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Elevated Fasting Glucose Associated with Cardiovascular Disease and Death

Study from Women’s Health Initiative sought to determine whether low fasting glucose levels are associated with cardiovascular events and/or mortality.

While there is increasing recognition of the risks associated with hypoglycemia in patients with diabetes, few studies have investigated incident cause-specific cardiovascular outcomes with regard to low fasting glucose in the general population.

They started with the hypotheses that low fasting glucose would be associated with cardiovascular disease risk and all-cause mortality in postmenopausal women.

The researchers actually found a neutral effect, whereas in most circumstances hyperglycemia increased the risk. This is in contrast to reports from some larger surveys where lower glucose levels appear to be associated with all-cause mortality. Some feel that, in diabetic cohorts, this reflects the deleterious effects of hypoglycemia on the cardiovascular system. In nondiabetic cohorts, it likely reflects malnutrition, renal or liver disease, or other conditions that may increase the risk of death. In the Mongraw-Chaffin paper, the only event that appeared to be associated with hypoglycemia was heart failure, not an intuitively obvious link. The researchers added that one of the negatives, was that the study was marred by very low numbers of patients at the extremes of blood glucose concentrations, making any conclusions very difficult.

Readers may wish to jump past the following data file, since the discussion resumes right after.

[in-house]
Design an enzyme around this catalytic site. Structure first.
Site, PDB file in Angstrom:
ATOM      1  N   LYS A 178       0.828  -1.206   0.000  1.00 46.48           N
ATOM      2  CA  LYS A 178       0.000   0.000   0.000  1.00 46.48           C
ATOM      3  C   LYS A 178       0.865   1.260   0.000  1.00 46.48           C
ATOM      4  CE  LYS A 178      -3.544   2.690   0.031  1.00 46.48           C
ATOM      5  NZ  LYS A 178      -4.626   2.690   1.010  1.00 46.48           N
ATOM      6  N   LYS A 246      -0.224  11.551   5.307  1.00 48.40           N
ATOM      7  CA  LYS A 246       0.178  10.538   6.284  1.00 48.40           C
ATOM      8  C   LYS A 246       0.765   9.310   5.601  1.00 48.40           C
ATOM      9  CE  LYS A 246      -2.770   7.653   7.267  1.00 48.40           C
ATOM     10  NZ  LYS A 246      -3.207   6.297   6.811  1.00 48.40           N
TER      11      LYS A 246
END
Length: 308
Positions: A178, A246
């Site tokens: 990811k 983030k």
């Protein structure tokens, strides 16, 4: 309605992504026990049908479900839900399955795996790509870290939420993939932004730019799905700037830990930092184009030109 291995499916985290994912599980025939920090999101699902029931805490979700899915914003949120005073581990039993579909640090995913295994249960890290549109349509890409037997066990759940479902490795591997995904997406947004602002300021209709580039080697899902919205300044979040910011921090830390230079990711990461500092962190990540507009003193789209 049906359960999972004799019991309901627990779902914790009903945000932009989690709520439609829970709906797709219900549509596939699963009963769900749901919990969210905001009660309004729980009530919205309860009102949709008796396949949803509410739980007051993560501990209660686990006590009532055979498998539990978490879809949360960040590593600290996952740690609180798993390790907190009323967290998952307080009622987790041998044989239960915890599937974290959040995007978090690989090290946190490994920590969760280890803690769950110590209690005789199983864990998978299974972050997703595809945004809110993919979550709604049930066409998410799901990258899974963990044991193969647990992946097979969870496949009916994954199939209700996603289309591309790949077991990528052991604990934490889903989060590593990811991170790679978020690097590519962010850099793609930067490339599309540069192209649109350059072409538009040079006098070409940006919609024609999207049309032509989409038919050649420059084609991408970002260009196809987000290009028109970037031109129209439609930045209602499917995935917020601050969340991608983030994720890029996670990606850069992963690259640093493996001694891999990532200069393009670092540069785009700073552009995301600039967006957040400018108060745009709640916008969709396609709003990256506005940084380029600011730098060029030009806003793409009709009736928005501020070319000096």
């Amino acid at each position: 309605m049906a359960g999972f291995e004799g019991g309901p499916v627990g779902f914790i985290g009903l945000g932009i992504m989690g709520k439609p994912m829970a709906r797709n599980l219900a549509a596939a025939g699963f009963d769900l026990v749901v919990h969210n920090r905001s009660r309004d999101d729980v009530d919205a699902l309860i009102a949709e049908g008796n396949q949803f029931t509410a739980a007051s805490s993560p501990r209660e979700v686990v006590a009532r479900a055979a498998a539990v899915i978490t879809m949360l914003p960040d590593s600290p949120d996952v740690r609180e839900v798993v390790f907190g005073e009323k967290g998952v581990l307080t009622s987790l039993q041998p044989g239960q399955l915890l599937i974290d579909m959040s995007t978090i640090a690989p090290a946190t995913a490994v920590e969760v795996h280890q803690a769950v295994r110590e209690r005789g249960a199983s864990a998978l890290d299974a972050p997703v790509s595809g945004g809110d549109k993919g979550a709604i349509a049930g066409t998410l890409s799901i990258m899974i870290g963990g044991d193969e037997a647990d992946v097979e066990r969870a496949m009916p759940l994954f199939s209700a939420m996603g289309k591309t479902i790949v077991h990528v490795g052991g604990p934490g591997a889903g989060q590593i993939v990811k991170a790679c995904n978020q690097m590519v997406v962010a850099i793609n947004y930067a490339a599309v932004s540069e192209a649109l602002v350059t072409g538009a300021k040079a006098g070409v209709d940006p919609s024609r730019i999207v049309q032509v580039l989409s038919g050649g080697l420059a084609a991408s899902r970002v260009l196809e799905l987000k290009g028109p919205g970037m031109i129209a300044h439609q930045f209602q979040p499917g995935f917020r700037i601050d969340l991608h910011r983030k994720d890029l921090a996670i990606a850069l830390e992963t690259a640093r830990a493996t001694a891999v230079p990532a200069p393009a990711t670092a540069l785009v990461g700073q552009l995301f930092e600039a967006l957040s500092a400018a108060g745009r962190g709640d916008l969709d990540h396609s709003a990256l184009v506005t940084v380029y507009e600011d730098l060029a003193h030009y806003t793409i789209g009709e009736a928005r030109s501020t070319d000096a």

To test the hypothesis, they used both continuous incidence rates and Cox proportional hazards models in 17,287 participants from the Women’s Health Initiative with fasting glucose measured at baseline. Participants were separated into groups based on fasting glucose level: low (<80mg/dL), normal/reference (80-99mg/dL), impaired (100-125mg/dL), and diabetic (≥126mg/dL).

The results showed that the participants were free of cardiovascular disease at enrollment, had a mean age of 62 years, and were 52% Caucasian, 24% African American, 8% Asian, and 12% Hispanic. Median follow-up was 15 years. Graphs of continuous incidence rates compared to fasting glucose distribution exhibited evidence of a weak J-shaped association with heart failure and mortality that was predominantly due to participants with treated diabetes. Impaired and diabetic fasting glucose were positively associated with all outcomes. Associations for low fasting glucose differed, with coronary heart disease (HR=0.64 (0.42, 0.98)) significantly inverse; stroke (0.73 (0.48, 1.13)), combined cardiovascular disease (0.91 (0.73, 1.14)), and all-cause mortality (0.97 (0.79, 1.20)) null or inverse and not significant; and heart failure (1.27 (0.80, 2.02)) positive and not significant.

From the results it was concluded that fasting glucose at the upper range, but not the lower range, was significantly associated with incident cardiovascular disease and all-cause mortality.

Practice Pearls:

  • 17,287 participants from the Women’s Health Initiative with fasting glucose measured at baseline were used.
  • Impaired and diabetic fasting glucose were positively associated with all outcomes.
  • Higher fasting glucose is associated with incident CVD and death.

Metabolism May 2017 DOI: http://dx.doi.org/10.1016/j.metabol.2017.02.010